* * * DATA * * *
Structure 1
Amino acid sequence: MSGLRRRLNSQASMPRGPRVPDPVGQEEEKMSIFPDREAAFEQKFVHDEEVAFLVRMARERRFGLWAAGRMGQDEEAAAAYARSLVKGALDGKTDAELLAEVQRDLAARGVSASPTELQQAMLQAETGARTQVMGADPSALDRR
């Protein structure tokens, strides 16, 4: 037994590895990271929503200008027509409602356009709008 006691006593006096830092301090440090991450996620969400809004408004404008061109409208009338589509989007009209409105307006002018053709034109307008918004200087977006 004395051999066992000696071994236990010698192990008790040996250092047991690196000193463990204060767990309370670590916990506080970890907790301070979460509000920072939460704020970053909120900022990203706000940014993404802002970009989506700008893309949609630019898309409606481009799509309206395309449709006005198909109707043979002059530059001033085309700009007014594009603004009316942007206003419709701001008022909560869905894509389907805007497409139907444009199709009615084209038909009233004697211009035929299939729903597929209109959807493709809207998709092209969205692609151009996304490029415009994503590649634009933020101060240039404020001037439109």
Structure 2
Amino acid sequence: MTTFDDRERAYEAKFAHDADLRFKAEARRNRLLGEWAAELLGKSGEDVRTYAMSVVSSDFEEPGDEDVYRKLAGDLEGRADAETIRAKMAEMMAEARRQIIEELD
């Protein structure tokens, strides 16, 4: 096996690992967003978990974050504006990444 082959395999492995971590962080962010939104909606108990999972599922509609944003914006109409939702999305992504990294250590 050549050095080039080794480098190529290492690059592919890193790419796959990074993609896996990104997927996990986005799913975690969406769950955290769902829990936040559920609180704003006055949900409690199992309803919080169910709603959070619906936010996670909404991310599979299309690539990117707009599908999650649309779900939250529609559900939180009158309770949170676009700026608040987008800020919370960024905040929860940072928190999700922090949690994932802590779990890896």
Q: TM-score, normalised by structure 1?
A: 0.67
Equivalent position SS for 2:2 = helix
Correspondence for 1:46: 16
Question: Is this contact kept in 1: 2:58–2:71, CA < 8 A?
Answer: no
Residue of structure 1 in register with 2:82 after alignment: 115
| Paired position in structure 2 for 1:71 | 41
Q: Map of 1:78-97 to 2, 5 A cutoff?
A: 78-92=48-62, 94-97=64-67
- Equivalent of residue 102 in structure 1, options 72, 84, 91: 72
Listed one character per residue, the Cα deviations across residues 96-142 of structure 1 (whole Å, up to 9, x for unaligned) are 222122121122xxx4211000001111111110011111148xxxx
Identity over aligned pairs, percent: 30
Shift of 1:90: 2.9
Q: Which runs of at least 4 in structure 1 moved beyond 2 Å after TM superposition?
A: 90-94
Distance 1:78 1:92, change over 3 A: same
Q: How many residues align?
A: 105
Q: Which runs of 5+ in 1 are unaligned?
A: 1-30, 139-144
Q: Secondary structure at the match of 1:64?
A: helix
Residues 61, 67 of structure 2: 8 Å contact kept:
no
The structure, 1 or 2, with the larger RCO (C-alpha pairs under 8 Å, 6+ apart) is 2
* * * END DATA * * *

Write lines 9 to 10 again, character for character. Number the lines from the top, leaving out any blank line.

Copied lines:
Equivalent position SS for 2:2 = helix
Correspondence for 1:46: 16